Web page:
Planning…

2006-09-24 21:01:13.000 – The Summit Crew,  Mount Washington Observatory

NULL

A cold front has swept through the White Mountains this afternoon, causing the night observer’s sleep to come to an abrupt end around noon today. Winds picked up to around 90 mph and the sound of thunder filled the Observer bedroom. Soon after, however, the summit was temporarily free of fog, with a spectacular rainbow to the east.

We have now gone back into the fog (typical for weather behind a cold front) and temperatures are beginning to fall into the 30’s. Winds remain above hurricane force and more showers are expected by later today and tonight. This is, of course, perfect weather for developing hypothermia…..

This past Wednesday night provided quite a set of challenges to us as the summit community rallied to deal with our first case of severe hypothermia of the season. Conditions during the day went from bad to worse but, sadly, were predictably so. We wish the best for the young hiker, who during the last news reports we heard is still in critical condition.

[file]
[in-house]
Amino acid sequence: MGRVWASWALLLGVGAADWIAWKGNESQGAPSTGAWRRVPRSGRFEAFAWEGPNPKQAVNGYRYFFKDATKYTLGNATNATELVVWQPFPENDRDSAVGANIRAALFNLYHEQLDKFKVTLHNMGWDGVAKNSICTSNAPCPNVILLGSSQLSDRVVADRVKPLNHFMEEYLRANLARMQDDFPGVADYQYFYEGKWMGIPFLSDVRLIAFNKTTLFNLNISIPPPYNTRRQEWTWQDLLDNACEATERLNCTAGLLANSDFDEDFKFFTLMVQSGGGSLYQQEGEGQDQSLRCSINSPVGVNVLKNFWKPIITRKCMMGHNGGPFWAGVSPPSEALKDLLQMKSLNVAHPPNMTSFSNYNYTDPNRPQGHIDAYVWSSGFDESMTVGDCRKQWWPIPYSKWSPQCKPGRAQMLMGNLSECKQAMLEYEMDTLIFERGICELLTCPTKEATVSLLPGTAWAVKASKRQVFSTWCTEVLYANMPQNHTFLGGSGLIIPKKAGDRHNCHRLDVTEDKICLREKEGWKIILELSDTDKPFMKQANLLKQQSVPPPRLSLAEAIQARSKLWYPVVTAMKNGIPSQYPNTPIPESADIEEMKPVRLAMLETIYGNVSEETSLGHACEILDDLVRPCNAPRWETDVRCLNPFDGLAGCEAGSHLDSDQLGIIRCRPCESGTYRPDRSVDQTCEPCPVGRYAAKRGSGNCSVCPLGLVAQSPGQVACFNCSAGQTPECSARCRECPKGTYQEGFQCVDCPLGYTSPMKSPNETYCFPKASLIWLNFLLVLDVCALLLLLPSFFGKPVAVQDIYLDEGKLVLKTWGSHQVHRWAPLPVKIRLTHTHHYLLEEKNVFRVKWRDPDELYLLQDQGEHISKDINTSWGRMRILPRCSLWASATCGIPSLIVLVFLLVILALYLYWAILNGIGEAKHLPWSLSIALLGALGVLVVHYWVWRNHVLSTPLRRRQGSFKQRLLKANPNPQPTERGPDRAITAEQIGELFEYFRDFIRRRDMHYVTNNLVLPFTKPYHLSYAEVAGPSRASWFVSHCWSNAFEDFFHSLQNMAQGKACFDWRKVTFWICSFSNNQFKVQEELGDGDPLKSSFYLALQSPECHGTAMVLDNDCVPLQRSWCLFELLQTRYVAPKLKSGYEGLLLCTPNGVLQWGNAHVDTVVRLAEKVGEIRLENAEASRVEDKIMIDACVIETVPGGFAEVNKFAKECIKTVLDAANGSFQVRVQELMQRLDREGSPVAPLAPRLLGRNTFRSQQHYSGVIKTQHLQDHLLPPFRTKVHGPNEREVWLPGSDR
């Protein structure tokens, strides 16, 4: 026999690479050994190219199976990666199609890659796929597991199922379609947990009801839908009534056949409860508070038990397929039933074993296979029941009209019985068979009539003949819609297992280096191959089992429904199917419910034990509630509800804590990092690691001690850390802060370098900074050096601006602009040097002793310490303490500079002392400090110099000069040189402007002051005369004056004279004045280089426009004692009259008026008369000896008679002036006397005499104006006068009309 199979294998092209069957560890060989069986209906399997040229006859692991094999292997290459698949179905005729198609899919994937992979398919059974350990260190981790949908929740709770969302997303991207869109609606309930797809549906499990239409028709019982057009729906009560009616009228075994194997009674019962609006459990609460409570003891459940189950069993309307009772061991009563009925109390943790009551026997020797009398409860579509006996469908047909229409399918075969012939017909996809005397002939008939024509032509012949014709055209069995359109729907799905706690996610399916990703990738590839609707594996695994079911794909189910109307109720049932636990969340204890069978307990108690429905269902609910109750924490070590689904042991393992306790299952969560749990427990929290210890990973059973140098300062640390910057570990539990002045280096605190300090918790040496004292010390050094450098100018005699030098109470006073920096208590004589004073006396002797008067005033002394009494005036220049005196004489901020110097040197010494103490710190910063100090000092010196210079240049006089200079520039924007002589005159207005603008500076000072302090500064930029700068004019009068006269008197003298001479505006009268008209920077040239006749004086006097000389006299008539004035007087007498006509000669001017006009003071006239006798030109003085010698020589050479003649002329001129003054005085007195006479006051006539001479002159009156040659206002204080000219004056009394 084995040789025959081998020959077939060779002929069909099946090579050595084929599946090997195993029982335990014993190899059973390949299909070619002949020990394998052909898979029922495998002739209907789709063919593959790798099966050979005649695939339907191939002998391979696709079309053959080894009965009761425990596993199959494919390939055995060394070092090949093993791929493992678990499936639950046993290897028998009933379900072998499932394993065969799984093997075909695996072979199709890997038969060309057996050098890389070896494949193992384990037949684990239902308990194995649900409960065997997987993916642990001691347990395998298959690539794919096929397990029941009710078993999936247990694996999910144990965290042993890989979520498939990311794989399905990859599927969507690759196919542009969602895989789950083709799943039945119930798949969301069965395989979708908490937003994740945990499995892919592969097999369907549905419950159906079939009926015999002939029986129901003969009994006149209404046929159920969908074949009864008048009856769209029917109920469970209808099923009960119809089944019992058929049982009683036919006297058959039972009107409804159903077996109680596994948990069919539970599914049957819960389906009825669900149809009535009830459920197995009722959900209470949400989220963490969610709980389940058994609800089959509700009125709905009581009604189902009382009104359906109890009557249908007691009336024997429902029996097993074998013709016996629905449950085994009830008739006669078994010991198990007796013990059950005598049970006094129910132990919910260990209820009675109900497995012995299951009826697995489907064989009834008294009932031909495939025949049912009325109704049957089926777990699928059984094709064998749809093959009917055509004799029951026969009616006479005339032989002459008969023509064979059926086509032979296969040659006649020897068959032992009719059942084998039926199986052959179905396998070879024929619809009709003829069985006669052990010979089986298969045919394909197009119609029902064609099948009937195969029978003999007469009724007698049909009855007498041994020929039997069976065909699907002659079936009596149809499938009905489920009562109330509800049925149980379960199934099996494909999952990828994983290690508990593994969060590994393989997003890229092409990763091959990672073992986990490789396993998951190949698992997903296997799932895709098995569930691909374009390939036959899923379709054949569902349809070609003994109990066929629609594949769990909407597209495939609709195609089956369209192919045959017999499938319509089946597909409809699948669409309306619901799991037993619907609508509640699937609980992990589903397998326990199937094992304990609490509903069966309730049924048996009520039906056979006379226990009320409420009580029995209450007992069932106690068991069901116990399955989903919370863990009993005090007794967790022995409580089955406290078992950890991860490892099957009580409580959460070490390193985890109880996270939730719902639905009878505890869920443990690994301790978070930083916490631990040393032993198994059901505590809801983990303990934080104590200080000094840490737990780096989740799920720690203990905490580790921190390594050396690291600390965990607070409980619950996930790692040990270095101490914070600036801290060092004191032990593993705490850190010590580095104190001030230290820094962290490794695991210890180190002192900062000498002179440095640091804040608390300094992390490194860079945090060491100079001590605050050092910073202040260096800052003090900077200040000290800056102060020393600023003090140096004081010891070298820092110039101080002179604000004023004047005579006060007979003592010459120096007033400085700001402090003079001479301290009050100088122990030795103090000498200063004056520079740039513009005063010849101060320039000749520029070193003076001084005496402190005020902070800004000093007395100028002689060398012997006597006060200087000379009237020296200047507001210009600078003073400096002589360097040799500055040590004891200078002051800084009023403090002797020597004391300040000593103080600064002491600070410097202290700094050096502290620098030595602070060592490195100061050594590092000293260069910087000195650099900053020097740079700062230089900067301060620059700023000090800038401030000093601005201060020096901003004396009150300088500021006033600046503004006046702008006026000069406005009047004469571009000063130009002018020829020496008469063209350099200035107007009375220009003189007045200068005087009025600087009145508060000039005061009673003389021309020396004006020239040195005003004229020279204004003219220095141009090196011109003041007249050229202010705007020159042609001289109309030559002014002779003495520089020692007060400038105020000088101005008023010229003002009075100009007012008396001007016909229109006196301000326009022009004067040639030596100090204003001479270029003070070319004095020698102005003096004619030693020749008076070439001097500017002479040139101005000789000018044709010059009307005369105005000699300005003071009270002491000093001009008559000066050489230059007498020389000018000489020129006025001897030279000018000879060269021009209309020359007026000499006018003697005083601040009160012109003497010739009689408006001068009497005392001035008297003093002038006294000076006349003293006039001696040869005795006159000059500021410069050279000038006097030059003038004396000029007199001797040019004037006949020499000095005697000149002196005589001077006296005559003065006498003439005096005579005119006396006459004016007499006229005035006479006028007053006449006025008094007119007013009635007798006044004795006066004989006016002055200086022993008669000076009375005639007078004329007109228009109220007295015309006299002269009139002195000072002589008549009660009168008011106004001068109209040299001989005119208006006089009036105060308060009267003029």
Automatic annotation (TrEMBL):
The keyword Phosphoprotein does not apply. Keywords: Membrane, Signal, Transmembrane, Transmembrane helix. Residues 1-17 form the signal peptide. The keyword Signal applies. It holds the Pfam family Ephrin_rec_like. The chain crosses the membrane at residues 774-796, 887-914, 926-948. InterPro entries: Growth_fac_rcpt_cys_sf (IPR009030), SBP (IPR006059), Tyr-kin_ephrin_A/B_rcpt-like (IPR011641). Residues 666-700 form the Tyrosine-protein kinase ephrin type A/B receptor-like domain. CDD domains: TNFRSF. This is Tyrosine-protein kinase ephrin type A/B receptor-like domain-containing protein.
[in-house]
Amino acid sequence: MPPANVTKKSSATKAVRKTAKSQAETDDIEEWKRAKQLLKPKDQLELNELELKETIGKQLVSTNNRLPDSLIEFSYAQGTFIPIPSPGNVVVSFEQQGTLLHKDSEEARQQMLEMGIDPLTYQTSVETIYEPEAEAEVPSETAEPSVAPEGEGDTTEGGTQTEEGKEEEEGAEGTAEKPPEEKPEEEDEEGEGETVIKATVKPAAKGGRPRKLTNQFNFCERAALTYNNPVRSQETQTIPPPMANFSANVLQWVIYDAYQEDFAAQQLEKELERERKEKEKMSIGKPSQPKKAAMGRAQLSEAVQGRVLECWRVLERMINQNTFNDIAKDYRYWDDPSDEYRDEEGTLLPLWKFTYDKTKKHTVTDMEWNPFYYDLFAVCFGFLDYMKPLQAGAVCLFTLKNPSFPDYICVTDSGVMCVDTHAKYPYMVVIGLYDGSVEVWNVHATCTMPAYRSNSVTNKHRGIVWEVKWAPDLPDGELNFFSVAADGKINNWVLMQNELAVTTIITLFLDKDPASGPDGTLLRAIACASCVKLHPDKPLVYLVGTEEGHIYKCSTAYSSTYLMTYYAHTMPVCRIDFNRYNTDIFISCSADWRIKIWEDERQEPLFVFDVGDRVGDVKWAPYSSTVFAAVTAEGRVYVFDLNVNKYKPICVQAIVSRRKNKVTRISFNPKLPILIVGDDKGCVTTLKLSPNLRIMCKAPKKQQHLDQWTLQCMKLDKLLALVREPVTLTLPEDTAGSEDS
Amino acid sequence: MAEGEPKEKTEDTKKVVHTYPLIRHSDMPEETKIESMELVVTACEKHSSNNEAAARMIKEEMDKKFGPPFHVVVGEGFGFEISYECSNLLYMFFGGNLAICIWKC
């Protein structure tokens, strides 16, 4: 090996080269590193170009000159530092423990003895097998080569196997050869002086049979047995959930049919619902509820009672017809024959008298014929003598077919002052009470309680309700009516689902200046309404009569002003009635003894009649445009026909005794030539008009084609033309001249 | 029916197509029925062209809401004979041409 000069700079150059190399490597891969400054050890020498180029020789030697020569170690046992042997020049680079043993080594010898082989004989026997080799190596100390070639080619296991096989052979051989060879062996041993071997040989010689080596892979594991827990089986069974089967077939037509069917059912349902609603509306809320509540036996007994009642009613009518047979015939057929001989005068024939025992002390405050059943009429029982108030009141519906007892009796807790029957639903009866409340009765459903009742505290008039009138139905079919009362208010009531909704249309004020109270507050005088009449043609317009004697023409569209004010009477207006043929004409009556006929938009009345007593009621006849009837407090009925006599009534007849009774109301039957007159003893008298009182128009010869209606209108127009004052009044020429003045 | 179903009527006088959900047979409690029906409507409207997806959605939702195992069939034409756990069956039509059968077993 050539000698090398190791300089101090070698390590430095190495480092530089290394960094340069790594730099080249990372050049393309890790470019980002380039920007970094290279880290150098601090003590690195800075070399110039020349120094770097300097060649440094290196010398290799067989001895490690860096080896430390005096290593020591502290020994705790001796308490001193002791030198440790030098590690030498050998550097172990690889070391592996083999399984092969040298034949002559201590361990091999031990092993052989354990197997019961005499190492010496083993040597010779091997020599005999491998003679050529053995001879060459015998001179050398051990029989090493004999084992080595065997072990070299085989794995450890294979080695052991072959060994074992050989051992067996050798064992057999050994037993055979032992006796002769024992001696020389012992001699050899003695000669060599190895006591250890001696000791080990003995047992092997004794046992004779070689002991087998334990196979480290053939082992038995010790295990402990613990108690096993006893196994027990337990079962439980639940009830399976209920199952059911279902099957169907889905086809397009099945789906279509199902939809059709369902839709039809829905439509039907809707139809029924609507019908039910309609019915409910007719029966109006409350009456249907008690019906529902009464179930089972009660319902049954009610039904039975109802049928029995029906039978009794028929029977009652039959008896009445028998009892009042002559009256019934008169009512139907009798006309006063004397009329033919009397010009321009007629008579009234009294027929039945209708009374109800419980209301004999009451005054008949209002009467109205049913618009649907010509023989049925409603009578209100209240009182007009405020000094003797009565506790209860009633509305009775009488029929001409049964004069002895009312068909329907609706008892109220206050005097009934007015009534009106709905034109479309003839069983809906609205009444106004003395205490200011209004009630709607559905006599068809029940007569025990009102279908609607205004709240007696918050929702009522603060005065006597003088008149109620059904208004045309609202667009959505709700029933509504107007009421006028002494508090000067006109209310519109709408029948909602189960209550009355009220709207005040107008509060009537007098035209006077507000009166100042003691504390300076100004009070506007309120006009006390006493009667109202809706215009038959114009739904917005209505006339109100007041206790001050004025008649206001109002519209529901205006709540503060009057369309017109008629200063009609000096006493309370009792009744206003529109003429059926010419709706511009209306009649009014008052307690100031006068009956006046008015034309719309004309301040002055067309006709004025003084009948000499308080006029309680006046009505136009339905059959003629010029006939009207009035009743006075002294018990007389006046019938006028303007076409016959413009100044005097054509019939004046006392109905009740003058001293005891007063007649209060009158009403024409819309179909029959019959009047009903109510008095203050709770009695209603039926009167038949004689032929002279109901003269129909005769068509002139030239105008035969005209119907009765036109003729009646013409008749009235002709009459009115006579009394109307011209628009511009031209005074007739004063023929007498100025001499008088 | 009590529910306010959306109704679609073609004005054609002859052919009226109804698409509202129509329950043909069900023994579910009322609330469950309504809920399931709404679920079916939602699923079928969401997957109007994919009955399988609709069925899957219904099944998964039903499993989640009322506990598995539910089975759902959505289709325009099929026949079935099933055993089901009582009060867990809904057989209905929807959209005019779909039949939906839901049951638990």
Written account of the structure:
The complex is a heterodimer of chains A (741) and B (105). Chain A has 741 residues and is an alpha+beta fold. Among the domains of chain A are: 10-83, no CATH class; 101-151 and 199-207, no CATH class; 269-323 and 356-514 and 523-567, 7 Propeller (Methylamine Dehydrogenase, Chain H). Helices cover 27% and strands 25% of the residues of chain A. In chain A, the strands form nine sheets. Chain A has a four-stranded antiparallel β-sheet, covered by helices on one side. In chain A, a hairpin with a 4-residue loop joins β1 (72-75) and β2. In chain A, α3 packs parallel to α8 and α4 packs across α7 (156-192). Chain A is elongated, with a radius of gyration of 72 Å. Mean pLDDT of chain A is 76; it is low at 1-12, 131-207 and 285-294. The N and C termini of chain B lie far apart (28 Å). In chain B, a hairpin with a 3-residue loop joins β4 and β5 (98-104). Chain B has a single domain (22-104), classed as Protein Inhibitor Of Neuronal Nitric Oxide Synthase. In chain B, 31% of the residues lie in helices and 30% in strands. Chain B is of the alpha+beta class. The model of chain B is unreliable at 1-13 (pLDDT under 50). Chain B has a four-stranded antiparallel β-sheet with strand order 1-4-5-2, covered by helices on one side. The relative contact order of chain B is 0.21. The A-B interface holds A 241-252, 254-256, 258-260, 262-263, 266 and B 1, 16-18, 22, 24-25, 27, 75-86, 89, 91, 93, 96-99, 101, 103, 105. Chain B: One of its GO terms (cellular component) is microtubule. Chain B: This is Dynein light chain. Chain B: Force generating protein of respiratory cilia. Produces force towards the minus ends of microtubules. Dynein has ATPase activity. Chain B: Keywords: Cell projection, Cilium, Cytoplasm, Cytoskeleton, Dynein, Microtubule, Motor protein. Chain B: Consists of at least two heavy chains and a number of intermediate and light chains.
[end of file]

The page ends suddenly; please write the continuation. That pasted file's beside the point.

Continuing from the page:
We can draw upon this instance to encourage all hikers this fall not to underestimate the weather conditions on Mount Washington in autumn. The autumn climate on the high summits is perhaps the most changeable, and most underestimated, of all the seasons. It is important to remember that the current conditions on the summit (or at any higher elevation destination) can change dramatically between the time hikers leave the base and arrive at their destination, which, by the way, is exactly “half-way”. With proper plans and preparation, a more positively memorable experience can be had on Mount Washington in autumn.

 

The Summit Crew,  Mount Washington Observatory

Overview of Lapse Rate Research

May 20th, 2024|0 Comments

Overview of Lapse Rate Research By Karl Philippoff As a weather observer and research specialist on top of Mount Washington, in addition to my usual observer duties such as taking hourly observations, releasing forecasts,

Find Older Posts